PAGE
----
The Widening Participation in UK Outward Student Mobility report recommends that as well as having support from leadership and institutional targets, universities sending high numbers of students from lower socio-economic backgrounds on mobility trips should have:
- Academic buy-in with international office staff working closely with colleagues in academic departments to champion mobility.
- Outward mobility practitioners working closely with widening participation and disability teams to ensure appropriate support for students on mobility.
- Transparency – being very clear with students about what mobility will involve, with pre-departure sessions on areas of concern and telling disadvantaged students what to expect in terms of cost, culture and impact on their degree.
- A flexible mix of short and long-term mobility programmes – from field trips and summer volunteering to semester internships and full year study abroad. No one-size-fits-all to widening access to mobility. Traditional outward mobility programmes do not appeal to all students, and some students are unable to leave the UK for extended periods.
- Outward mobility activities in access agreements, outcome agreements and widening access and participation plans to help ensure programmes are targeting priority groups for the institution.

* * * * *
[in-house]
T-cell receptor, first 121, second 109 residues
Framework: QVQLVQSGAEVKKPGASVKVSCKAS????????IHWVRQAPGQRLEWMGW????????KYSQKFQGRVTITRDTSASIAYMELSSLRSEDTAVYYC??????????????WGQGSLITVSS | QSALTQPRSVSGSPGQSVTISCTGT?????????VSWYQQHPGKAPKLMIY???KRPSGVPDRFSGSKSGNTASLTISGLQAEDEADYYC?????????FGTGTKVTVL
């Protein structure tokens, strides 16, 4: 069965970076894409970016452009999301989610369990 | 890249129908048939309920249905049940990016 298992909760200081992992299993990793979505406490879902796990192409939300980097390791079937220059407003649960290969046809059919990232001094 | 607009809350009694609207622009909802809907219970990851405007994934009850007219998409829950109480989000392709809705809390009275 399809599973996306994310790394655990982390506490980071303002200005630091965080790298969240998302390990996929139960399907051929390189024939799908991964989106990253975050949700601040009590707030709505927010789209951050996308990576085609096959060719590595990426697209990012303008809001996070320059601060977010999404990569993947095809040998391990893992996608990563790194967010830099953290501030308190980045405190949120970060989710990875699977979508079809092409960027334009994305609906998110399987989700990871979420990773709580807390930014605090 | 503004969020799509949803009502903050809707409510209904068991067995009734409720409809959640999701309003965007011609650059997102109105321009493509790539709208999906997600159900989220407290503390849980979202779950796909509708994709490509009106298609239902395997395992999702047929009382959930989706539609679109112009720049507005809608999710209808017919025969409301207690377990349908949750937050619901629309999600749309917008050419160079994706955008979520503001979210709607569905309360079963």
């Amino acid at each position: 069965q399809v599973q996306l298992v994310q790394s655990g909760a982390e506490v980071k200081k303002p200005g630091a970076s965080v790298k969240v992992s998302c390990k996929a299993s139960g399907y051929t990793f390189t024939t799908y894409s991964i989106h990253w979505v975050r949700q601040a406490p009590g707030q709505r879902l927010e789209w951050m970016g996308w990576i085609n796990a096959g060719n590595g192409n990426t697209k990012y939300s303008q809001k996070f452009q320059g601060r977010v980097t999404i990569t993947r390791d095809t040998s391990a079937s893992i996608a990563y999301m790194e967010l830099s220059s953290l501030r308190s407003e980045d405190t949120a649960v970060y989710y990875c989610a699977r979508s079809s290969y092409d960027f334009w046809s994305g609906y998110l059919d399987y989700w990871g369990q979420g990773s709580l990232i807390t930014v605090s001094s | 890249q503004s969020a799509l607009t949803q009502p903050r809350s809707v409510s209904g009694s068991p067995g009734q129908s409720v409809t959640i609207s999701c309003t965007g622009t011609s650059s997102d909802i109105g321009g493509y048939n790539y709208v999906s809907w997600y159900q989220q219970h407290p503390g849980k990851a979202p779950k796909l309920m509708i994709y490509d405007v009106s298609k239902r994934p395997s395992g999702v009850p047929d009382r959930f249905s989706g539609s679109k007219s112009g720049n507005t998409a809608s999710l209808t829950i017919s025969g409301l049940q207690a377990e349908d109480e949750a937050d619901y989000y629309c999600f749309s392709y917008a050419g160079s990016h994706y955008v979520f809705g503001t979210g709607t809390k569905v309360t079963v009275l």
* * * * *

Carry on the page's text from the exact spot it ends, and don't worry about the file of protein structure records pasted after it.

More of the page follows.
- Understanding that financing mobility can be particularly challenging for disadvantaged groups. So be upfront about living costs, available grants and other internal and external funding sources.
- Offer ring-fenced financial support for students from disadvantaged groups, such as mobility bursaries and travel grants. Where there is competition for funding, focus on establishing the students’ passion to study or work abroad rather than their past academic achievement.
- Market extensively through multiple channels and go beyond flyers, posters and email campaigns to include social media campaigns, interactive web portals, ambassador programmes and features in student publications, speakers at events and supporting student blogs and vlogs.
Hiles said UUKi’s earlier report, Gone International: Mobility works, found that the correlation between outward mobility and improved academic and employment outcomes was even more prominent for students from more disadvantaged backgrounds.
“They earned 6.1% more, and those in work were more likely to be in a graduate job – 80.2% compared to 74.4%. The report also found that black graduates who were mobile were 70% less likely to be unemployed than their non-mobile peers,” she said.
“We know that students who are traditionally less likely to engage with mobility get even more out of it than their more advantaged counterparts and that even two weeks of student mobility can have a life-changing impact on employability skills."
Nic Mitchell is a British-based freelance journalist and PR consultant who runs De la Cour Communications and blogs about higher education for the European Universities Public Relations and Information Officers’ Association, EUPRIO, and on his website. He currently provides English-language communication support for Norwegian and Czech universities.